Posted by: Loren Coleman on February 11th, 2011
Alton Higgins recently wrote a detailed critique of the History Channel’s “Bigfoot: A Definitive Guide.” I feel, in general, Higgins is on target.
That is with one exception. Higgins wrote: “Coleman…was apparently (I’m guessing) the source of the so-called ‘Myakka Ape’ photos briefly flashed on screen. Their inclusion was an embarrassment to the program, which had enough problems as it was, and served as evidence that the producers did an inadequate job of researching their subject. In a 2004 article, based on conference presentations from 2003, I laid out a number of reasons why I believed those photos should be discounted. The fact that the Myakka affair was given any heed, ‘even after quite explicit evidence has shown it to be a hoax,’ as Jeff Meldrum wrote in 2004, is frustrating.”
Claiming “quite explicit evidence” for a hoax for the Myakka photographs is not grounded in any reality that has ever been proven, firmly demonstrated and published. Where’s the smoking gun? Where’s the convincing evidence of a hoax? Think about it. That is a remarkable claim. No one has proven a hoax was behind the Myakka photos. Period.
Theories, yes. Proof of a hoax, no. Besides, I have no horse in that battle, and continue to say I don’t know what was photographed.
Making such a claim as Higgins and Meldrum have is on the same level as “claiming” that there is a “man in the suit” playing the Bigfoot seen in the Patterson-Gimlin footage, just because someone “thinks” it looks like there is and someone has a pet theory for the horsehide, er, cowhide, and/or circus gorilla costume that was allegedly used.
Higgins also placed this in the review too: “I did think the panel made some reasonable deductions in proposing that the yeti, mande burung, and yeren all represent the same species, the likely descendents of Gigantopithecus. I also think it’s safe to presume that this was not an issue upon which Loren Coleman, who prefers to think in terms of present-day multiplicities of elusive unknown hominoids (even in North America) was consulted!”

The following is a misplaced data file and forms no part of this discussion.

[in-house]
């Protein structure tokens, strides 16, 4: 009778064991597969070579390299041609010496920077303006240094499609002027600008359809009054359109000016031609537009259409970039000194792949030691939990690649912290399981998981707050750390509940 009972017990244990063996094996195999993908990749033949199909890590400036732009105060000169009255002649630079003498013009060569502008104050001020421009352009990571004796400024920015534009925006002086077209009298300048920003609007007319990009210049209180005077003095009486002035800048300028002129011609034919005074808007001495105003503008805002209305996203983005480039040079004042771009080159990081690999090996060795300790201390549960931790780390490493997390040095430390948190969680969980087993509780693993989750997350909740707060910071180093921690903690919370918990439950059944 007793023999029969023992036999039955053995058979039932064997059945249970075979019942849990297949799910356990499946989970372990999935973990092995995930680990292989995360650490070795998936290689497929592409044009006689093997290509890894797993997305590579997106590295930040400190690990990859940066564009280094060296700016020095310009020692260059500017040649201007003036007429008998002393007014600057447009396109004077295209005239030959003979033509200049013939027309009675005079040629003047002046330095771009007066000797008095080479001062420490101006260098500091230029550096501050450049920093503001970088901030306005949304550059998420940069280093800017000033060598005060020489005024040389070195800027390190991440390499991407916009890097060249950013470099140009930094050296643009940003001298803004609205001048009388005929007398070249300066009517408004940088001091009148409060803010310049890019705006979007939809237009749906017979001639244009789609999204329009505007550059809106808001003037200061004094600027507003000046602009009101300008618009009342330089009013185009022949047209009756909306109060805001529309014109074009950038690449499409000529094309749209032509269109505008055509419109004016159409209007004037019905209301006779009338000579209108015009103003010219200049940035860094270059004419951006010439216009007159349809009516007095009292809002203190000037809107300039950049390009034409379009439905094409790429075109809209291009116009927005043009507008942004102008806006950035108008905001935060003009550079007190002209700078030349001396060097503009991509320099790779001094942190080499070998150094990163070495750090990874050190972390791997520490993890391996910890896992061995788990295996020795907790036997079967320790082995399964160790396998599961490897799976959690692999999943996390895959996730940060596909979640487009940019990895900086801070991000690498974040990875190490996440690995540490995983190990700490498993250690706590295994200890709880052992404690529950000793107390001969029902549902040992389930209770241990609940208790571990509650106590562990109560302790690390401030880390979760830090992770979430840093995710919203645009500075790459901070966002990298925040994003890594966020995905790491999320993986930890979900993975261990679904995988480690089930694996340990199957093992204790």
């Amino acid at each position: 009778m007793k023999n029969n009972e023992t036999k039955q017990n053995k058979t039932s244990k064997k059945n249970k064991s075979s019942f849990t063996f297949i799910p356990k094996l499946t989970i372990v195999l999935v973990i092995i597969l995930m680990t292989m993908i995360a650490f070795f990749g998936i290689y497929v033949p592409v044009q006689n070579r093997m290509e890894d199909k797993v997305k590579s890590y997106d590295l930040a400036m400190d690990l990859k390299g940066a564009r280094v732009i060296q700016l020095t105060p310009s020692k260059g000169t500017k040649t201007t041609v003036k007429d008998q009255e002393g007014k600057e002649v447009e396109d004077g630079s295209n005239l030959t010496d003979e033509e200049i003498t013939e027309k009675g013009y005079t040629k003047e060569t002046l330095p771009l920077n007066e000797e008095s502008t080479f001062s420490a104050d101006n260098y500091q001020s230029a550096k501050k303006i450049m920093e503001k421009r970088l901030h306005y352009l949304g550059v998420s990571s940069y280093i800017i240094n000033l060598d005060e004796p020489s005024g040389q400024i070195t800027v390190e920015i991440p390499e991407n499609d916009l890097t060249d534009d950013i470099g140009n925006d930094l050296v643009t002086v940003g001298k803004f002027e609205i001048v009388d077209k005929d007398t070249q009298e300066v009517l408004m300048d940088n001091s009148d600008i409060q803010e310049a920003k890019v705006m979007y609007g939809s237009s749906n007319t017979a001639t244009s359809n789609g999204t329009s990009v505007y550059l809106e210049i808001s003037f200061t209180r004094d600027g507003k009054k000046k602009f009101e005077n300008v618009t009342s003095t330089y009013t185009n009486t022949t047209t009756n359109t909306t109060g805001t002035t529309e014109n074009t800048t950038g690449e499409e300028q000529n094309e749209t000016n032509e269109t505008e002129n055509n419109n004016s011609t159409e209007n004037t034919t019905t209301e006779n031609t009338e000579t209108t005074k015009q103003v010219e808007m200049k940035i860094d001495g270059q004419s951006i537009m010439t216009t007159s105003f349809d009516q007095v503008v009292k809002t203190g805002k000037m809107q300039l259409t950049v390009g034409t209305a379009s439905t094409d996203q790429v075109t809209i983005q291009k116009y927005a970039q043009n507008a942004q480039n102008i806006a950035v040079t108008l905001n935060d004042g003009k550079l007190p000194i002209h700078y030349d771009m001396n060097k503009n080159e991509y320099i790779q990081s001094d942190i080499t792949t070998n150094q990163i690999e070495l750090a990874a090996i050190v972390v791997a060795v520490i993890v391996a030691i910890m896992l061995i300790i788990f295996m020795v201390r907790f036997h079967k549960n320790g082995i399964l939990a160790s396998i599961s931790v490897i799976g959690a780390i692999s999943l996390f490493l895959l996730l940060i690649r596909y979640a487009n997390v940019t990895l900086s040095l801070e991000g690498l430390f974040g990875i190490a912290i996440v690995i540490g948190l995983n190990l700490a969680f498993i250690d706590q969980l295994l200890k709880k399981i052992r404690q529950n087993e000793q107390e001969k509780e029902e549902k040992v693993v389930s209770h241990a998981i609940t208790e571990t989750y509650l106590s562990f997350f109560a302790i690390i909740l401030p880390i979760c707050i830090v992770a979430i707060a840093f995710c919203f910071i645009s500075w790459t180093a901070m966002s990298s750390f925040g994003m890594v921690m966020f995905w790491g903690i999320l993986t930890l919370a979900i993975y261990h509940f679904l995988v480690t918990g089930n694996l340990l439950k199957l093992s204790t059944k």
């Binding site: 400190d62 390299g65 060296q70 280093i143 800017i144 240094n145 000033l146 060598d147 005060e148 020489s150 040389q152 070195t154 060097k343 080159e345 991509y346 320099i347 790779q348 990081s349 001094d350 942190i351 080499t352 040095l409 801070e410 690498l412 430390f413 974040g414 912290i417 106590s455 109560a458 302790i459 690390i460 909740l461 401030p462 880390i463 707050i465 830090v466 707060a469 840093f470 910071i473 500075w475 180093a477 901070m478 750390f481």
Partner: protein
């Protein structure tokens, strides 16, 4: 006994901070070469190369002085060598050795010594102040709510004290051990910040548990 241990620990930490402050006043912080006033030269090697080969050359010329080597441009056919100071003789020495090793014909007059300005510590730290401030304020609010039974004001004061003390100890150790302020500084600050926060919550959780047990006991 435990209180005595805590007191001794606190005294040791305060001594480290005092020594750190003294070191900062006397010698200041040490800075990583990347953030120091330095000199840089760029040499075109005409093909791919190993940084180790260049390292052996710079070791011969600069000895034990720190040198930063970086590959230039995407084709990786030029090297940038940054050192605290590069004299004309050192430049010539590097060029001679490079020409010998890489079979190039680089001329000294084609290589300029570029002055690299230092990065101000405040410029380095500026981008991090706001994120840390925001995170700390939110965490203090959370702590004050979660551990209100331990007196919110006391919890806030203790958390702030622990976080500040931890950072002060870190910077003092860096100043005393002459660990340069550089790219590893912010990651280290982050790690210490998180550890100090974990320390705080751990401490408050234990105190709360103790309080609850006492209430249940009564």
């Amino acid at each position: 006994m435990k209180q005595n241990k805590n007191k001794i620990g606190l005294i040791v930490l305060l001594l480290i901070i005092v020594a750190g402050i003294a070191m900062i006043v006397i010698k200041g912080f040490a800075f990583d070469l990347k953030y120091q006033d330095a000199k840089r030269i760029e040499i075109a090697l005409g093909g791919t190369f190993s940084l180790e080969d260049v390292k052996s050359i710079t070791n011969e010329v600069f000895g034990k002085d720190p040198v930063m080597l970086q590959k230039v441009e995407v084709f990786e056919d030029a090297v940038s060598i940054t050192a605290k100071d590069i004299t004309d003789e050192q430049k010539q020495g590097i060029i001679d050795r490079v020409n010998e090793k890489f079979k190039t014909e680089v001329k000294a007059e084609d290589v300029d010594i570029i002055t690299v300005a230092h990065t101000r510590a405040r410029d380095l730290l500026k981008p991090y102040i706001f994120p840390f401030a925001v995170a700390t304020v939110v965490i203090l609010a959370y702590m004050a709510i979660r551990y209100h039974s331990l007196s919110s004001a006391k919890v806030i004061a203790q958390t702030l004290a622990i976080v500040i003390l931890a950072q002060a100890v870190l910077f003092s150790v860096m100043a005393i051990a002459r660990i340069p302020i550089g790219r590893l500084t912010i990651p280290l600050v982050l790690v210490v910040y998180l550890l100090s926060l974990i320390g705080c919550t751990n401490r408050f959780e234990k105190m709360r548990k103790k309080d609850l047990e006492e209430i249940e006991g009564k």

Grover Krantz use to get angry at me because he felt I was undermining the scientific acceptance of Bigfoot/Sasquatch in academia. I disagreed with his position that Science would consider Bigfoot more logical if his position that Yeti, Yowie, Yeren, and Sasquatch were all the same species was preached by everyone. Jeff Meldrum has taken up this same point of view, in the wake of Krantz’s death.
Of course, what Krantz was talking about is not too different from the paleoanthropology in which he was raised. Indeed, those dark days in anthropology when only one species of hominid was thought to have existed in recent prehistoric times is fast disappearing.
Today, it is clear that the prehistoric world of hominoids was concurrently populated by Homo sapiens (modern humans), Homo floresiensis (hobbits), Homo neanderthalensis (Neandertals), Homo heidelbergensis (Heidelberg hominids), perhaps Paranthropus, and now Denisova hominin (X-woman). There is even some indications that Homo erectus survivors lasted longer in some parts of the world than others.
The view of multiple forms of unknown hairy hominoids existing at the same time is not some theory new with me, of course. Long before Mark Hall, Patrick Huyghe, and Loren Coleman took up the cause of multiple answers in hominology, others had walked the walk and talked the talk. Myra Shackley gets some credit here. The Russians have thought this way for decades and certainly both Ivan T. Sanderson and Bernard Heuvelmans were open to multiple types of hairy hominoids being the answers to the diversity of reports.
I still find it simplistic and shortsighted that American Bigfoot researchers continue to think that the “one species” approach is the avenue that works the best. The evidence shows us something else is occurring, and the longer we live, the fossil record reinforces this insight too.
Loren Coleman is one of the world’s leading cryptozoologists, some say “the” leading. Certainly, he is acknowledged as the current living American researcher and writer who has most popularized cryptozoology in the late 20th and early 21st centuries. Starting his fieldwork and investigations in 1960, after traveling and trekking extensively in pursuit of cryptozoological mysteries, Coleman began writing to share his experiences in 1969. An honorary member of Ivan T. Sanderson’s Society for the Investigation of the Unexplained in the 1970s, Coleman has been bestowed with similar honorary memberships of the North Idaho College Cryptozoology Club in 1983, and in subsequent years, that of the British Columbia Scientific Cryptozoology Club, CryptoSafari International, and other international organizations. He was also a Life Member and Benefactor of the International Society of Cryptozoology (now-defunct). Loren Coleman’s daily blog, as a member of the Cryptomundo Team, served as an ongoing avenue of communication for the ever-growing body of cryptozoo news from 2005 through 2013.